Tuesday, March 13, 2012

The Artkraft Files

No news is usually good news on this here New York Neon blog – my reports often have to do with some great old sign being pulled off a wall somewhere.  In fact, New York lost three lovely old neon signs in recent weeks.  But first, the good news: the Artkraft Strauss Sign Corp. papers are now available for researchers at the New York Public Library.

Original design drawings for the Howard Johnson's signs that held the corner of 46th and Broadway in Times Square from 1960 until about 1990, when they made way for replacement signs that finally vanished in 2006. (NYPL)
Artkraft Strauss was New York's preeminent maker of electric signs for most of the 20th century.  The company is known for having fabricated most of the blockbuster Times Square spectaculars erected between the 1930s and the 1990s.  But researchers will not find materials relating to Artkraft's Times Square mega-signs amongst the NYPL collection: the company sold these documents at auction in 2006 when it discontinued its sign fabrication and maintenance operations.

Correspondence from a HoJo staff architect dictating the color scheme for the Times Square signs. (NYPL)
Instead, the bulk of the files at the NYPL tell the story of Artkraft's more garden variety "on-premise" signs – theater marquees, roof signs for hotels and factories, and typical storefront signs.  In many ways, this body of work is more significant than the spectaculars, which are already well documented.

Before there was the Life Cafe, the Life Restaurant commissioned this design sketch for a sign that Artkraft may or may not have ever actually fabricated.  (NYPL)
The Artkraft Strauss papers at the NYPL offer representative examples of the what one might have found at typical sign shops in New York and elsewhere.  Better than any other resource I have found so far, these files tell the story of how the signs came to be.  All of the New York sign shops I've successfully contacted told me they discarded these materials long ago.  There are sketches and letters, formal design and shop drawings, maintenance contracts and photographs. 
Just in time for the neon book, these materials helped me solve a nice handful of little mysteries, for example:
YES!  The big Blumstein Department Store sign on 125th Street was the work of Artkraft Strauss, as I suspected.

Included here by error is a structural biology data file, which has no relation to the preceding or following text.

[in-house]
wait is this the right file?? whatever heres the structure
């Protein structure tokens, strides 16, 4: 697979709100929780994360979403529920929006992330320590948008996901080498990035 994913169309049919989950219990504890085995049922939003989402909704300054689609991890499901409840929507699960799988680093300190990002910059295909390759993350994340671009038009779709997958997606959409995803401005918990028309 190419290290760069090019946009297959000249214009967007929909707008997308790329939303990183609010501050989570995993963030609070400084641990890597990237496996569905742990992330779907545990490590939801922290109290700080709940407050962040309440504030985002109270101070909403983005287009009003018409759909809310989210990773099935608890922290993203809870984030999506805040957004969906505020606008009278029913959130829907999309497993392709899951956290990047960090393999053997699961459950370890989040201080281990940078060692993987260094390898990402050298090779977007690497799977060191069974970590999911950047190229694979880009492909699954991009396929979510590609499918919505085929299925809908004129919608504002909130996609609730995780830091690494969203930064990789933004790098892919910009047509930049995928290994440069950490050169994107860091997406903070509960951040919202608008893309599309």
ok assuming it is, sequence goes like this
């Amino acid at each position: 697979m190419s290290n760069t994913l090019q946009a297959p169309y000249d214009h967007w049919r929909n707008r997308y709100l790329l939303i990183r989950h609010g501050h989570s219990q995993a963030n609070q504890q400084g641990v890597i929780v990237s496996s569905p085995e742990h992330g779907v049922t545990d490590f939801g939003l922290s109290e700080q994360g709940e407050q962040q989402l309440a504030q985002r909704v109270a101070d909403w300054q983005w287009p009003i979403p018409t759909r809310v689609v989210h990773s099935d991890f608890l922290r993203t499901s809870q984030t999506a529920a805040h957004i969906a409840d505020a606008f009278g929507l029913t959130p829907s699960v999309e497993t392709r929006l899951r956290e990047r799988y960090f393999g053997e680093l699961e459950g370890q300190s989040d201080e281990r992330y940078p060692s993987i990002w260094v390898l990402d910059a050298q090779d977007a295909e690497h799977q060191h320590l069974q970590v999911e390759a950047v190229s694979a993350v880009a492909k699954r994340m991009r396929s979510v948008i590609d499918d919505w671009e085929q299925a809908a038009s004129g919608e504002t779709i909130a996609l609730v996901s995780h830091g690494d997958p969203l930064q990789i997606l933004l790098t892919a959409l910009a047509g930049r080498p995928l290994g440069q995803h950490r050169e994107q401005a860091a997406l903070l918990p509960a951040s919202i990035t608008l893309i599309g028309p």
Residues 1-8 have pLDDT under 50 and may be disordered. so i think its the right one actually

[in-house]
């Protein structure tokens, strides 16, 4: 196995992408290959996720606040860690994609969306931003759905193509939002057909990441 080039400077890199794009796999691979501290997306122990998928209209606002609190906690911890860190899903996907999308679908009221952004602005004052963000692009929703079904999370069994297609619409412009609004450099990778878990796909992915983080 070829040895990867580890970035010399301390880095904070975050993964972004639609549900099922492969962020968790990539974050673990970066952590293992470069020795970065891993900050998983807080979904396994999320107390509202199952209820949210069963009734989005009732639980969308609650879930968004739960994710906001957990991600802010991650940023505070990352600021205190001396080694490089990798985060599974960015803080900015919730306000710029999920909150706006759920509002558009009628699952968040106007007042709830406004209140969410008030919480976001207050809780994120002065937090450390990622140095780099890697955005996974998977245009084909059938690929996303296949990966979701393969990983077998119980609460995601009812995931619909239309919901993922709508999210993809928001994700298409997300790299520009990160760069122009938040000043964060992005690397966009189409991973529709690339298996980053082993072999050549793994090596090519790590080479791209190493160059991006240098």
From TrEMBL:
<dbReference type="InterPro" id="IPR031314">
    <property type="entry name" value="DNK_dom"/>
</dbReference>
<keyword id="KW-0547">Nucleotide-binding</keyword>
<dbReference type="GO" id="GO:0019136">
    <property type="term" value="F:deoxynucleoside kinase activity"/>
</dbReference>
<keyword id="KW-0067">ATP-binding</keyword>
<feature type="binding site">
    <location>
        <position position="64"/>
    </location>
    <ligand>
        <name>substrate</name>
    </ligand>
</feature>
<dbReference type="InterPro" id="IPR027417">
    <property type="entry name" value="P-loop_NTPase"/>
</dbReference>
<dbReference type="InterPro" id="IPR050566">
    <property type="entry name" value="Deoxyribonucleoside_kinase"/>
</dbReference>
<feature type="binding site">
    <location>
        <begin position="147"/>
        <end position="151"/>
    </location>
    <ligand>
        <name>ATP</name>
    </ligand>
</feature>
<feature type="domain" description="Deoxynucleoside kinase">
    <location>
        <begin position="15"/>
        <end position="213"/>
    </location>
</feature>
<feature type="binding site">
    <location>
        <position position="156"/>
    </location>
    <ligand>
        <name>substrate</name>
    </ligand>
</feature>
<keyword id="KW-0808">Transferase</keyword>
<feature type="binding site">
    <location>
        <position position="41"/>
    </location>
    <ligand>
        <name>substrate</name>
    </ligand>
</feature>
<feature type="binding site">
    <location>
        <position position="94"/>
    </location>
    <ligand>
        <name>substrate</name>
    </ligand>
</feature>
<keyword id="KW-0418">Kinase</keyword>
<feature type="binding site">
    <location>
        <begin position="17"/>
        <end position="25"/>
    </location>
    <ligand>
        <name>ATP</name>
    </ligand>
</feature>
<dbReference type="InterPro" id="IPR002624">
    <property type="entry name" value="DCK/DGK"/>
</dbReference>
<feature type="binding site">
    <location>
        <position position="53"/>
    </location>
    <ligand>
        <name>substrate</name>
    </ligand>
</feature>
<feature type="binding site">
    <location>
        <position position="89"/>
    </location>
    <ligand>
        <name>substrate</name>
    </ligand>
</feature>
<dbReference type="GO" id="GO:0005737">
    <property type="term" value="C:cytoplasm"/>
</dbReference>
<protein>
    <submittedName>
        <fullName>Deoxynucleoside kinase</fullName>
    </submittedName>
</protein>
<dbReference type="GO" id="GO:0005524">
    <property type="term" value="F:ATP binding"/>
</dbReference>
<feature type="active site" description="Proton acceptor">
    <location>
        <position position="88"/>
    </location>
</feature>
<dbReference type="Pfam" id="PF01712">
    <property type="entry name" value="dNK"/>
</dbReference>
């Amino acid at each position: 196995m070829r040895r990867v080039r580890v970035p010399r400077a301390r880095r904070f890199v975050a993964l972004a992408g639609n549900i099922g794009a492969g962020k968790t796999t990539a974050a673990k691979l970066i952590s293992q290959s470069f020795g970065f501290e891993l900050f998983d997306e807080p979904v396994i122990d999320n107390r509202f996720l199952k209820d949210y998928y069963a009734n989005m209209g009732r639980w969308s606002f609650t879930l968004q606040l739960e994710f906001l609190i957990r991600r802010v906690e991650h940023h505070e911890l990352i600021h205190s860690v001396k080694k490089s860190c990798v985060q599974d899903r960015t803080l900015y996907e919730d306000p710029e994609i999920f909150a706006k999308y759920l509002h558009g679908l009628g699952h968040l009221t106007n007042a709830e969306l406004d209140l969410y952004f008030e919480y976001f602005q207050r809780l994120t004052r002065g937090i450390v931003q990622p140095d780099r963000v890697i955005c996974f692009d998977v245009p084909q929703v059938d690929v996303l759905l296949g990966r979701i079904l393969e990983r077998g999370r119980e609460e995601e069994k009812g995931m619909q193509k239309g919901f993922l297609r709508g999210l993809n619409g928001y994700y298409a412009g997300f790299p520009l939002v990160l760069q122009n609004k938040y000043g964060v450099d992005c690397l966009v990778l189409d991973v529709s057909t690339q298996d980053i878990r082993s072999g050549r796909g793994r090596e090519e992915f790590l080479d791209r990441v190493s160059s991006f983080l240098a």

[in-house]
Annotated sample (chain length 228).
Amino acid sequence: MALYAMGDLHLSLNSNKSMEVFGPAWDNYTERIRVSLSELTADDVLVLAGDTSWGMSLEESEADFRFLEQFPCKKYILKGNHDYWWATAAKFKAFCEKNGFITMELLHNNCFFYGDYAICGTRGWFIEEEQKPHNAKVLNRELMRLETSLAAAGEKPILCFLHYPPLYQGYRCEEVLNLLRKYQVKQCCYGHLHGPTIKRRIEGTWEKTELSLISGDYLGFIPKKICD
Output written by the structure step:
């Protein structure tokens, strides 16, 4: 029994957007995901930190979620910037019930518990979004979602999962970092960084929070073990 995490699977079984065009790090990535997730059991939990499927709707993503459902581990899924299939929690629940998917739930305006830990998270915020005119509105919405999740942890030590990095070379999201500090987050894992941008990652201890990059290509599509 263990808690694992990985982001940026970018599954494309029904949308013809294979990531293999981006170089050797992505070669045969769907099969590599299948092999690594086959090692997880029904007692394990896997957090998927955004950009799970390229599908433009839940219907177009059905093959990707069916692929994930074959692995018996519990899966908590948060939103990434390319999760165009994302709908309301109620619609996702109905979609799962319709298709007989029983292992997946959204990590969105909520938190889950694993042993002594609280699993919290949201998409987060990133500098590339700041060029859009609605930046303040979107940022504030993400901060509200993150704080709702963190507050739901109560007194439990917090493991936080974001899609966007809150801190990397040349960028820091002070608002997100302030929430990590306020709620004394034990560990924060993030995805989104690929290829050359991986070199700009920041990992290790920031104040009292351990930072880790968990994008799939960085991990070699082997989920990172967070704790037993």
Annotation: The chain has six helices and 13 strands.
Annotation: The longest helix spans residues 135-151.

Artkraft's sign for Blumstein Dept. Store sign lorded over 125th Street in Harlem from 1936 until it was covered over around 2008. (T. Rinaldi)
NO! The "Music Hall" copy on the Radio City marquees was not originally its present yellow, as implied by reports stating the sign was "restored"  to its original colors, but red, as I remember seeing it when I was a kid.
YES! Artkraft Strauss indeed made the enormous Silvercup Bakery sign in Long Island City, in 1961-62, and re-lettered part of the sign to its present Silvercup Studios configuration twenty years later.

Artkraft's original construction drawings for the Silvercup Bread sign in Long Island City (top), which survives today in slightly altered form (below). (NYPL; T. Rinaldi)

YES! The Loews Post Road Theater sign in the Bronx was among many Loews theater signs made by Artkraft throughout the New York area.

Original drawings for the Loew's Post Road Theatre signs, installed in 1939.  The vertical sign was later re-lettered when Loew's sold the theater, but remains in place today. (NYPL; T. Rinaldi)
YES! Artkraft also made the big Domino Sugar sign on the Williamsburg waterfront.

Drawings for Williamsburg's Domino Sugar spectacular (above) and the sign as it appears today (bottom).  This sign replaced an earlier display which stood atop the historic refinery building next door (at left in the photo).  (NYPL; T. Rinaldi)
HERE is a brief synopsis of the collection for anyone interested in visiting:

Artkraft Strauss donated the materials to the NYPL's Manuscripts and Archives Division between 2007 and 2010. The documents are nicely indexed in this finding aid, which is a searchable PDF. They are grouped into 4 sets or "series", including executive office files, management files, job files, and photographs. Of these, the highlight (for me anyway) was the "Job Files" (Series III), which is comprised mostly of manila folders each generally corresponding to a sign made by Artkraft Strauss. Some of the folders are pretty slim, holding say a single draft contract for a job that was never executed. Others are pay dirt, with design sketches, illustrative correspondence, and other materials that document the sign's whole production.

The collection can be viewed at the NYPL's Manuscripts and Archives Division, by appointment only. To make an appointment, researchers should fill out a short online application form. Manuscripts and Archives is located at the north end of the NYPL's main reading room on 42nd Street. The materials are grouped into boxes; researchers can request up to five boxes at a time, a maximum of three times a day (that means 15 boxes a day - click here to see the opening hours). Leave your Esterbrooks at home: it's pencils only here. Photocopies can be made by staff only – visitors must make a log of what they want copied.
MANY THANKS to Tal Nadan at the NYPL.


• From the Lost City blog, the super wonderful old sign of the Crown Deli Caterers in Borough Park has vanished (as has the deli).  A pretty cool new sign has appeared to advertise the storefront's new occupant (not a bank or a Starbucks but an ice cream parlor), but one hopes the old sign found a good home somewhere.
• Also from Lost City, the lovely streamlined marquee of the old Earle/Eagle theater in Jackson Heights is gone.  This was one of the very last vintage movie theater marquees anywhere in New York.
• Finally, via Kyle in Astoria - Walter's Hardware has gone and now so too has their sign.

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